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Re: Isuzu Corporate News Thread (Company News)
04/09/07 02:49 PM
Overall, there were 21,761 new-vehicle dealerships in the United States on Jan. 1, down 328 from the previous year -- the largest reduction in the past decade. The number of new-vehicle franchises dropped by 356, to 40,285.
Last year, the Detroit 3 collectively shed 462 dealerships, according to the census. At the start of 2007, GM had 6,901 dealerships, down 222 from the previous Jan. 1.
In the same period, GM subtracted just 97 franchises, reflecting the consolidation effort. On a smaller scale, GM seeks to combine Cadillac, Saab and Hummer franchises within luxury dealerships in some markets.
The Chrysler group's consolidation plan, called Alpha, seeks to combine Chrysler division, Dodge and Jeep franchises in the same dealerships. The group's retail network shed 119 franchises in 2006. The number of dealerships selling all three brands rose by 31, to 1,934. "We want to work to increase profitability and dealer throughput," says Markus Mainka, Chrysler group spokesman. "To achieve that goal, we see potential for network optimization."
Ford Motor launched a plan last summer to cut at least 600 dealerships over the next few years. Ford Motor Co. had 4,270 dealerships on Jan.1, down 126 from the year-ago date. The Chrysler group had 3,749 dealerships, down 134.
The Detroit 3 are reducing their counts faster than their import competitors are raising theirs.
Toyota Motor Sales U.S.A. Inc. outsells the Chrysler group in the United States and sells almost as many units as Ford Motor. But on Jan. 1, Toyota Division had 1,224 franchises, nine more than it had on Jan. 1, 2006, and barely one-third as many as Ford division's count.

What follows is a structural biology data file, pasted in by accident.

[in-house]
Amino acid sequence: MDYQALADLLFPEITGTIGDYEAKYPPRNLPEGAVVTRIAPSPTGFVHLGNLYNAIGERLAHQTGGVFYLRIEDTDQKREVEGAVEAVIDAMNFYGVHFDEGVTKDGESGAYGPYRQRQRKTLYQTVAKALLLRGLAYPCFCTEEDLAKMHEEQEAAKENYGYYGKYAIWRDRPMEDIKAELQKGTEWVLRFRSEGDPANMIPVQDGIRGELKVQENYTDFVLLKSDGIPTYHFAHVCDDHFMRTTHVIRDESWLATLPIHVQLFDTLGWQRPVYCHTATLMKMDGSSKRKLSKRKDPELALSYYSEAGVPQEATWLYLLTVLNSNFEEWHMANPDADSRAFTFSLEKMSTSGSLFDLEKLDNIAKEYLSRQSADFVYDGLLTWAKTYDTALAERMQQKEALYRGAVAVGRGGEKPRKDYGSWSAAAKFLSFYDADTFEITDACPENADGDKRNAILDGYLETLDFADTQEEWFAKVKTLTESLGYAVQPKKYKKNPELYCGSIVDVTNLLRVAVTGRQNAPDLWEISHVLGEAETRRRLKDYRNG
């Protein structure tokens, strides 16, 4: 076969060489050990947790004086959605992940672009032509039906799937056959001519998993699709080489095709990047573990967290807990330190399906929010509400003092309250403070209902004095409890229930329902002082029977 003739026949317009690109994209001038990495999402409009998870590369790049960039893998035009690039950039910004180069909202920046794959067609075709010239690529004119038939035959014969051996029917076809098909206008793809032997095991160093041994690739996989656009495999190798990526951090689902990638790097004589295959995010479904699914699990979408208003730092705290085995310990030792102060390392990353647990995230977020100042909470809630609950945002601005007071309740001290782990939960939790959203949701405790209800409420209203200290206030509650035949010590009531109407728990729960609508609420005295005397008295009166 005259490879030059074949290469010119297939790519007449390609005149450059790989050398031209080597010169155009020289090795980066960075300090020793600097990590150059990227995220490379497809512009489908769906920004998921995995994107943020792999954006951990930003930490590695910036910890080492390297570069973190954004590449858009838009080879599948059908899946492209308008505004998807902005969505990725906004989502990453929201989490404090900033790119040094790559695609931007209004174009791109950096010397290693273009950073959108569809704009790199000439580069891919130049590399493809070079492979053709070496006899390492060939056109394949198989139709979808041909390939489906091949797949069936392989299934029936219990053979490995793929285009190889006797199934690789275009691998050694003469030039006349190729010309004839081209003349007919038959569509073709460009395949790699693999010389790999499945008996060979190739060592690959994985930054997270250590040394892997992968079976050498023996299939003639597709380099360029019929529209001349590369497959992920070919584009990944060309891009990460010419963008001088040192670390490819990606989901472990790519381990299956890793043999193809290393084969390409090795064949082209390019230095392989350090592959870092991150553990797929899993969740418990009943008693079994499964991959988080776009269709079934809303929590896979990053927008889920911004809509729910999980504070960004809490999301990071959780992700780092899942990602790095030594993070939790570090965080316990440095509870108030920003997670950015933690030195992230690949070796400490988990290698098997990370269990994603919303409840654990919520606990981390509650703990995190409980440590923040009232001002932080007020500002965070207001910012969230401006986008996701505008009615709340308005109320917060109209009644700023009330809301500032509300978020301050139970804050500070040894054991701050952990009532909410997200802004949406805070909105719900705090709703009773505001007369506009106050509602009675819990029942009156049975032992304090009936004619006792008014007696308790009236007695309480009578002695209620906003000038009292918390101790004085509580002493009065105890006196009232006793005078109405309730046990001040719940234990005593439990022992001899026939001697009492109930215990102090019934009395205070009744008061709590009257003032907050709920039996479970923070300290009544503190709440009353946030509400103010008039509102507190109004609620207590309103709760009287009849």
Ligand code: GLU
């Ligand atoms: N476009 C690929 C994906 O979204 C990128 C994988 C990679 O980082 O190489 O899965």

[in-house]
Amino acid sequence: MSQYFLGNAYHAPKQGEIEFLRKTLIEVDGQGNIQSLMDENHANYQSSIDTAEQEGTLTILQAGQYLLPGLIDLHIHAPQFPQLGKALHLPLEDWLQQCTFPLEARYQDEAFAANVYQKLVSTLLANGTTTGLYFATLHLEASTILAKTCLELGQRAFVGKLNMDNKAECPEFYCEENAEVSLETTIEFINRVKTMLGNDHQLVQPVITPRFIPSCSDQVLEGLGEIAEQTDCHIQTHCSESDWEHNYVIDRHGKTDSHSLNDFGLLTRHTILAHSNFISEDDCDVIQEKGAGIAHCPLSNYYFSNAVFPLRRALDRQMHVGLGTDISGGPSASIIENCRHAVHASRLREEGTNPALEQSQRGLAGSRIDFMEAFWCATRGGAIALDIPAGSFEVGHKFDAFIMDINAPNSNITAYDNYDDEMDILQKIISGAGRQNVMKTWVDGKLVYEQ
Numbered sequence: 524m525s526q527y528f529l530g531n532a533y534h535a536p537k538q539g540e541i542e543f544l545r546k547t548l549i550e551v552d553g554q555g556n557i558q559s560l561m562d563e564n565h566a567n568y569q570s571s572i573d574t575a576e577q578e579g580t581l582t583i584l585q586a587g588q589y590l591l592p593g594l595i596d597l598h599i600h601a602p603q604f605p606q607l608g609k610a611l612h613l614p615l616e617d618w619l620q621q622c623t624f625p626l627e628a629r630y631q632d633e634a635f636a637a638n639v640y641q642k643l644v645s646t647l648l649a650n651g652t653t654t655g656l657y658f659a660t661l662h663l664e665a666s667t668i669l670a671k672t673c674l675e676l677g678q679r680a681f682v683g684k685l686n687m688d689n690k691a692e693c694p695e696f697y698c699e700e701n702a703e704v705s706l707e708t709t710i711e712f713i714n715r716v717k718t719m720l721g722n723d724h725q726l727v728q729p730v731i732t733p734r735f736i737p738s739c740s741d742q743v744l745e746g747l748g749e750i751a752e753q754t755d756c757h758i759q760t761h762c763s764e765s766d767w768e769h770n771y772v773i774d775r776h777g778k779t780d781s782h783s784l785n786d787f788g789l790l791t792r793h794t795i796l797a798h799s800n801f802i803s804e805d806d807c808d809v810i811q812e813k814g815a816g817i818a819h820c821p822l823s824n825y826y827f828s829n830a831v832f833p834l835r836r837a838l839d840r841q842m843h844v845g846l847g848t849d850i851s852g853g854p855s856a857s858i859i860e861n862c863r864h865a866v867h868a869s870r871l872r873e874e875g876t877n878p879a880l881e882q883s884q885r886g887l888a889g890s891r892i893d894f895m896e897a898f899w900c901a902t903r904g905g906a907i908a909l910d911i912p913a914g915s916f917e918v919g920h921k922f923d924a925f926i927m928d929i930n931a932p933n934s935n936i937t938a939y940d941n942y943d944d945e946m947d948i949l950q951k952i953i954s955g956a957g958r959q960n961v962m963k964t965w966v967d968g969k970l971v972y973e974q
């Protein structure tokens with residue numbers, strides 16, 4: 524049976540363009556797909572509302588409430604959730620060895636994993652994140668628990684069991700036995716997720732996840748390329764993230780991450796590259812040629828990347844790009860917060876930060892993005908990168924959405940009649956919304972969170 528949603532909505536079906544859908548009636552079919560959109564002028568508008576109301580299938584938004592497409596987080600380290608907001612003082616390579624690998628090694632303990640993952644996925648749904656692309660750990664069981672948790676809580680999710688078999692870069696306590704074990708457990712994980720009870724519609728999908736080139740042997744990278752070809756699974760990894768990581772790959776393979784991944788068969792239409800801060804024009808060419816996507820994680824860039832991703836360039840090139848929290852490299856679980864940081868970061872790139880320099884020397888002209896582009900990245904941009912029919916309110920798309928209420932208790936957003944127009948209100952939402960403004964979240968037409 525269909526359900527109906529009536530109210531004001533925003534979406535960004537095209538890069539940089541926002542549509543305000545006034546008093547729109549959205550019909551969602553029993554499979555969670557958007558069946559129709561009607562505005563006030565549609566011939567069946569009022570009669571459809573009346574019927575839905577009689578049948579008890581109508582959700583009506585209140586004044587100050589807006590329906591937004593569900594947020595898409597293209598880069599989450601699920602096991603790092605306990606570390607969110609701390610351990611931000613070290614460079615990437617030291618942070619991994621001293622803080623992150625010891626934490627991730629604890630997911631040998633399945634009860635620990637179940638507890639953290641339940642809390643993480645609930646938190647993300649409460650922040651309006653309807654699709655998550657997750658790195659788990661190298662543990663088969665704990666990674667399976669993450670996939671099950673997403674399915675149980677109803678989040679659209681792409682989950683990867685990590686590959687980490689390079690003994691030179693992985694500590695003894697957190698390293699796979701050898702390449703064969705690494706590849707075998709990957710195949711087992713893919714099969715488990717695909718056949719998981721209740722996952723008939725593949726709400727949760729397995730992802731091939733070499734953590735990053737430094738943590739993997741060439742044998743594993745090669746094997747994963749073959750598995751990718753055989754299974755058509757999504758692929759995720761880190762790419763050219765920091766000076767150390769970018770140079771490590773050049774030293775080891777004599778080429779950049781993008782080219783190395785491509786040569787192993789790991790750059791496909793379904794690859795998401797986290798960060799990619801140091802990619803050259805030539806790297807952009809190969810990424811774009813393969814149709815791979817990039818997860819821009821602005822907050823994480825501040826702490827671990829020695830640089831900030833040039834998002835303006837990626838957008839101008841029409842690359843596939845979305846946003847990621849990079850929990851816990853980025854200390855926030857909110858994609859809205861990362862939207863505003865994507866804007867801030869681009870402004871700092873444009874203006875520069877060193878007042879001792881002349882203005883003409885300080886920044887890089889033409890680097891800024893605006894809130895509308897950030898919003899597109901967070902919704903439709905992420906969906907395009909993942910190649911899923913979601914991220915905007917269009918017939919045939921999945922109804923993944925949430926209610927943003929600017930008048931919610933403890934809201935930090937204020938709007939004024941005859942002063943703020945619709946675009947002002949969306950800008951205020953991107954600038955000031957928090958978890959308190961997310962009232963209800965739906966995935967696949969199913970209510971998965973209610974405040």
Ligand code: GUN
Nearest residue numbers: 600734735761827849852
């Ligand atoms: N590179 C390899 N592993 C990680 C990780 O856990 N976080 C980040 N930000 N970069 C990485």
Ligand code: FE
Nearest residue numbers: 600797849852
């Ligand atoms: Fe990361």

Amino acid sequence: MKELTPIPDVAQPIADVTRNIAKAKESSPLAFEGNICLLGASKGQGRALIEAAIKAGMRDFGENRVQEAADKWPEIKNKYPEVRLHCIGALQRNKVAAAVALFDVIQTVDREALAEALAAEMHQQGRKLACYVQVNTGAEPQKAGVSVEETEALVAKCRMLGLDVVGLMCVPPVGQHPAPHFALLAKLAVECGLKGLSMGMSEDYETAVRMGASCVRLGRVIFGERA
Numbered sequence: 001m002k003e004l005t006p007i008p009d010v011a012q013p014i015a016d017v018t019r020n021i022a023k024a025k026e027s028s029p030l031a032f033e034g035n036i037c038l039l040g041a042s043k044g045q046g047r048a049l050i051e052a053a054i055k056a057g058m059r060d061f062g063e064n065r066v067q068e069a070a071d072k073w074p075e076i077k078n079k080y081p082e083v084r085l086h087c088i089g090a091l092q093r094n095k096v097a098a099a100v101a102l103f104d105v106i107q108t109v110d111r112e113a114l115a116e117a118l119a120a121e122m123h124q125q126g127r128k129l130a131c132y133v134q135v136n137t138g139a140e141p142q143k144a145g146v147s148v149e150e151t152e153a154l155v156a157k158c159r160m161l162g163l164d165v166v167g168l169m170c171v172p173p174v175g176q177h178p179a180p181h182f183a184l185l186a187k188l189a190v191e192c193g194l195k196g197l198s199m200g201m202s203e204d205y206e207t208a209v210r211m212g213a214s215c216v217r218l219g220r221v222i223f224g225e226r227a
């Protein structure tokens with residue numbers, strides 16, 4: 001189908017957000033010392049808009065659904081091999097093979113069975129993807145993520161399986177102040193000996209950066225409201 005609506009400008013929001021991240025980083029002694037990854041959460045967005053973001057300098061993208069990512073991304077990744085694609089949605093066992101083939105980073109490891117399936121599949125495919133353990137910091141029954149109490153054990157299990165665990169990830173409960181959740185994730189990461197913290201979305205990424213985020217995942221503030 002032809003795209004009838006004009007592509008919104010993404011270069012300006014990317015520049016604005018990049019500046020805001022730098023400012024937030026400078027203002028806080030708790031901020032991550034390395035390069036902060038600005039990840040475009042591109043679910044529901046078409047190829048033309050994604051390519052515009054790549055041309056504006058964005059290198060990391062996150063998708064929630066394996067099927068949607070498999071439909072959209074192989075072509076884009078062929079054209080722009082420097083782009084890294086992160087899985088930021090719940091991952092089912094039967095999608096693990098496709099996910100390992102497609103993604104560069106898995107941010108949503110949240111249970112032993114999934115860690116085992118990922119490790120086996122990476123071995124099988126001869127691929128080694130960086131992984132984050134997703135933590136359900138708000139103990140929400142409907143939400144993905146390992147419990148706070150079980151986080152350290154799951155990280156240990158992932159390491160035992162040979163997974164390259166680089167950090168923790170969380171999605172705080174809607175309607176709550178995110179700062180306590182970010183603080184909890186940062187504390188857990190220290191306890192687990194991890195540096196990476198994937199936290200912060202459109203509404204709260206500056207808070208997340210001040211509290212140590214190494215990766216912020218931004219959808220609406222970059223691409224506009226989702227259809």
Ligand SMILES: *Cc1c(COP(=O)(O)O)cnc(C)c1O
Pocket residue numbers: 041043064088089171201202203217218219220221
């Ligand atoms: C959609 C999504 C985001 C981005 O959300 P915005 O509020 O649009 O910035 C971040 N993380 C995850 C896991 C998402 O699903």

Three second-tier imports each lost more than 20 dealerships last year. Isuzu's franchise count declined by 67, to 227 on Jan. 1. Mitsubishi's fell by 42, to 503. Mazda's declined by 22, to 687.
n the past 10 years, the number of import-exclusive U.S. dealerships rose 72.5 percent, from 3,551 on Jan. 1, 1997, to 6,127 at the beginning of this year. The 2006 bump was the 12th straight annual increase and seventh consecutive record total. Last year's increase was 223 dealerships.
In an exclusive outlet, all energies are devoted to the designated brand, be it Toyota or Mercedes-Benz or Land Rover. There's no division of time for management, the sales staff or the service department. No sharing of showroom space among two or three or a half-dozen makes.
Over the past decade, 20 of the 22 best-selling import makes have added solo outlets -- all except Mitsubishi and Isuzu. Some of the increases have been dramatic. Volkswagen had only 66 one-liners in 1997. Today it counts 275, with two fewer franchises.
In the same period, Porsche rose from five exclusive dealerships to 69; Audi, from five to 85; Hyundai, from to 50 to 394. Its Korean partner, Kia, jumped from 17 to 367.
In the past decade, exclusive dealerships have increased 45 percent for Nissan Division, 30 percent for Honda Division and 25 percent for Toyota Division. Those percentage gains are not as great as the advances mentioned earlier, but the companies started from a larger base.
Last year Toyota Division regained the lead in exclusive dealerships from Honda Division. The two makes have bounced first place back and forth in recent years. Toyota Division has 867 single-brand stores, about 70.8 percent of its 1,224 U.S. franchises.
Toyota added 35 exclusive franchises last year, but its franchise total rose by only nine. Honda Division had 839 solo dealerships at the beginning of this year, and Nissan Division reported 791. The three brands account for 40.8 percent of import-exclusive dealerships in the United States.
As for nation of origin, it was strictly a one-country show. Japanese brands accounted for 4,211 of the one-brand import dealerships, 68.7 percent of the total. Germany trailed with 765, and Korea had 761.
As import-exclusives have risen, domestic single-liners have continued to decline. General Motors, Ford Motor Co. and the Chrysler group's North America brands had 6,528 exclusive outlets on Jan. 1, down from 6,927 a year earlier. At the beginning of 2002, GM, Ford and Chrysler counted 7,569 one-brand dealerships.
The domestic total is for stores that handle only one of the parent company's brands.
Ford division leads the domestics with 2,328 exclusives, and Chevrolet has 2,170.
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